The March of Economic Ignorance
Financial analysts have downgraded Greek bonds to “junk” status, indicating a heightened risk of default. Portugal, Spain, and Ireland are also inching towards the brink at which bond traders simply refuse to buy more sovereign debt because they do not believe it will be paid. This is a crisis of confidence — a problem based on a widespread, justified belief that high spending without equally high revenue is simply unsustainable. When the bill comes due and the national credit card is maxed out, the result is political paralysis. The syndrome can already be seen in Greece, where government workers unwilling to accept reality go on strike rather than accept pay cuts and where a frankly ignorant electorate accustomed to having the government pay for everything while charging only moderate taxes refuses to countenance either spending cuts or tax increases.
The same syndrome is already underway in the United States, with no sign that the electorate is any more conscious of the impossible contradiction they have embraced. The clearest early signs are in California, where the state government labors under a massive deficit, but where government workers unions refuse to tolerate any reductions in the state’s massive employment entitlements while taxpayers refuse to tolerate any reduction in services or increase in taxes and activist groups bitterly denounce even the slightest scaling back of government programs as a war on the poor.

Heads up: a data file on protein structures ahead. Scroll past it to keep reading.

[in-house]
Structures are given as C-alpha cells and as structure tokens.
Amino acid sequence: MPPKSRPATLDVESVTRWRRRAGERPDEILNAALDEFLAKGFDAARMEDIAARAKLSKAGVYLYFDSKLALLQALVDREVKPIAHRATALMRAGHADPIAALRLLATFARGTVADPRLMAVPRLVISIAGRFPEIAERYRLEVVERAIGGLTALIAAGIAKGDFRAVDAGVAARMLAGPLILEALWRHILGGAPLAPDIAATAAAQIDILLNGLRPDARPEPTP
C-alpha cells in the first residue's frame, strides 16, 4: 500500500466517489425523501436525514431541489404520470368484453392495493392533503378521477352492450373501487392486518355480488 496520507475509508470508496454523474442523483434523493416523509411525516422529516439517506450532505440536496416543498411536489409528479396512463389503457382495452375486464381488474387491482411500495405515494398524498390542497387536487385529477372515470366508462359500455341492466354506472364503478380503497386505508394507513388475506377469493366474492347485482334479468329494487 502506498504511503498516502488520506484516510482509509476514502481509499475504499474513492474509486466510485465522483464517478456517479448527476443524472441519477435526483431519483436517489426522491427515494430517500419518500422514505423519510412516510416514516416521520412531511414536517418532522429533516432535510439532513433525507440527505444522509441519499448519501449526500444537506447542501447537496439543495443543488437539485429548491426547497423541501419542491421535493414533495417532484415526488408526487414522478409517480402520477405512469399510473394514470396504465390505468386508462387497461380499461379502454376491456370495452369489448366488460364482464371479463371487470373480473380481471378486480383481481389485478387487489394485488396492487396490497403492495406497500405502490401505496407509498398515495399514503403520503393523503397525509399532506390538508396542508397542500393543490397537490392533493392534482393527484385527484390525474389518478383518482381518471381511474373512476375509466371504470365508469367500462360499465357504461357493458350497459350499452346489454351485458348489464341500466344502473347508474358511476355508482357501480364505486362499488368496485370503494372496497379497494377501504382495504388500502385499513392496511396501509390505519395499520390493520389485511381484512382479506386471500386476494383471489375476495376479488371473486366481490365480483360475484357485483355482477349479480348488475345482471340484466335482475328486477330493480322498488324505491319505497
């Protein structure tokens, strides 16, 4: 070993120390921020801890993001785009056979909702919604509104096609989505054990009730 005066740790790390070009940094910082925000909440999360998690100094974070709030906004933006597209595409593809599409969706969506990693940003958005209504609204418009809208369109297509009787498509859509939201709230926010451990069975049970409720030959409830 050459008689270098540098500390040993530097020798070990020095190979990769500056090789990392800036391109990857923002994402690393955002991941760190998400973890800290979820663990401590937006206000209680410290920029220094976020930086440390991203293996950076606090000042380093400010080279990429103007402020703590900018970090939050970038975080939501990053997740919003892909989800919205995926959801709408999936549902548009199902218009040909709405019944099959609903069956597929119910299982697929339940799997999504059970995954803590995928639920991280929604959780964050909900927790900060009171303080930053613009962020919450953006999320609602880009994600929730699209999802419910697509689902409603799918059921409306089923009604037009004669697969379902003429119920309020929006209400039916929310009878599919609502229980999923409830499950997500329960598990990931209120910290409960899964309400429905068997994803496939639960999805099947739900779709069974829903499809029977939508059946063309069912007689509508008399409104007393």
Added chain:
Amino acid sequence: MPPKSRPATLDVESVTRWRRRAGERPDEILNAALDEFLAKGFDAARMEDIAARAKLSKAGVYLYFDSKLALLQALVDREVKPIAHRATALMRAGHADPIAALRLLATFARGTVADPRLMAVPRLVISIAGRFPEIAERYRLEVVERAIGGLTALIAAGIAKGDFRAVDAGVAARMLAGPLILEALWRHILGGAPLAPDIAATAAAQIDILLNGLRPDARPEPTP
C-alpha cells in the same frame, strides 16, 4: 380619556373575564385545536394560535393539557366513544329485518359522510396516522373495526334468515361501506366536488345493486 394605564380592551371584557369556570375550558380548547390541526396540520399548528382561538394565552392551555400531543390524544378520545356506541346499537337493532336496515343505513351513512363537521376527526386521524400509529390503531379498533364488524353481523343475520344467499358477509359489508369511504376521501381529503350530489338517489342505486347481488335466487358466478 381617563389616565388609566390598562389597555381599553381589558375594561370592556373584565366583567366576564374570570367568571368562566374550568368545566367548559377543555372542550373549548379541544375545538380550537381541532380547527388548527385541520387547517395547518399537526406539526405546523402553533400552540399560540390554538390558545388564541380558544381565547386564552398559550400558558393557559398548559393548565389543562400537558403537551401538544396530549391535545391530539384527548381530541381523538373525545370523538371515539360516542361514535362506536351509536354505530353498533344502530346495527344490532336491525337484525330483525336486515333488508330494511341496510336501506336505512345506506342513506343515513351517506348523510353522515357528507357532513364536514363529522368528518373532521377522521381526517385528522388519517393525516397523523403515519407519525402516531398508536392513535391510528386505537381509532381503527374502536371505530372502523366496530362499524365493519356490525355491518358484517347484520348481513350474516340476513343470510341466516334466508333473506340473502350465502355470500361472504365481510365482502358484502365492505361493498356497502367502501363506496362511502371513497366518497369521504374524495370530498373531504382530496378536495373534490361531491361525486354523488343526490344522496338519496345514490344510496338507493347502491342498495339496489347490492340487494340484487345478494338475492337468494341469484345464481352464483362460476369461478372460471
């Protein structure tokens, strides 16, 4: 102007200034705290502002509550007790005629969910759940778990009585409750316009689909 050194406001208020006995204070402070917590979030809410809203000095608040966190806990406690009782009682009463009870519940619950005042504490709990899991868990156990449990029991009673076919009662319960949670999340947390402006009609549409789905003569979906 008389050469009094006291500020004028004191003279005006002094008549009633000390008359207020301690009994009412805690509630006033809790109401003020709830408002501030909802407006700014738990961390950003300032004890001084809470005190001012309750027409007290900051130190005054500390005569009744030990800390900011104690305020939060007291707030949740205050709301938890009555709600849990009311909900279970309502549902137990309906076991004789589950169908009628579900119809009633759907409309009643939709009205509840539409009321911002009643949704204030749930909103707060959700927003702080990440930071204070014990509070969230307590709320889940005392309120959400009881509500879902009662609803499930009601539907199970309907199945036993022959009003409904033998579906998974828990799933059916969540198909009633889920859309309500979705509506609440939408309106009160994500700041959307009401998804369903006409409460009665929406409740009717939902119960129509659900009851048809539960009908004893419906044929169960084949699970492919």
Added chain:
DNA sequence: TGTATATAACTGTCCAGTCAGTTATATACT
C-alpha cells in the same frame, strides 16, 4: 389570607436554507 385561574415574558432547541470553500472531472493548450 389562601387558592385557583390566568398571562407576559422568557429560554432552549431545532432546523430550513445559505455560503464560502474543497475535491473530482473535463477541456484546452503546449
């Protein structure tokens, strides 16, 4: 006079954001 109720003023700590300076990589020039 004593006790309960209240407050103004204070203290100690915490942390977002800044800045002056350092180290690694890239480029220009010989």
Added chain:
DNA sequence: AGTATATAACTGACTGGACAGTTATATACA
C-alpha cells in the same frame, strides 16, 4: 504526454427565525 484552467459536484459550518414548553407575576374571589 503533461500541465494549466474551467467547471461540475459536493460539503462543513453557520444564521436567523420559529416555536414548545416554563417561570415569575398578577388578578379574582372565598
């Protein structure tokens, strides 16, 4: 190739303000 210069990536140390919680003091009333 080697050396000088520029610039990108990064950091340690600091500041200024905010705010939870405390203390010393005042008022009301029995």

California’s dilemma is mirrored at the national level, albeit at an earlier stage. Even using the rosy scenarios mandated by Democratic Congressional leaders in their binding instructions to the putatively non-partisan Congressional Budget Office, the U.S. is projected to run deficits of more than a trillion dollars per year for the indefinite future. And proposals to cut spending in major programs like Social Security, Medicare, and defense are completely blocked by powerful interest groups at the same time that a public struggling to emerge from a major recession has no tolerance for tax increases. The usual technique is to demand spending cuts in one area — say, defense — in order to protect another — such as Social Security — from even being considered for cuts. But since that same process is mirrored by commentators on the other side, the result is paralysis covered up by a grotesque kabuki dance of preening commentators who pretend to be serious when they are really just indulging in self-serving fantasies. To mix a metaphor, everyone wants to have their cake and have someone else pay for it.
Well, for over a decade now, the tab has been picked up mostly by accounting gimmicks that exploit the surplus in the so-called Social Security “trust fund” and purchases of U.S. debt by China. But this can’t and won’t continue. Burgeoning retirements by the so-called “baby boomers” have already tipped the Social Security and Medicare funds out of surplus and into deficit, a state that will only worsen dramatically for the foreseeable future. And Congressional Democrats have already used blatant accounting tricks to hide what will in reality be a massive increase in Medicare funding commitments under the rubric of “health care reform”, with more spending increases on the way. And China is frantically signalling that their willingness to buy U.S. debt is rapidly waning.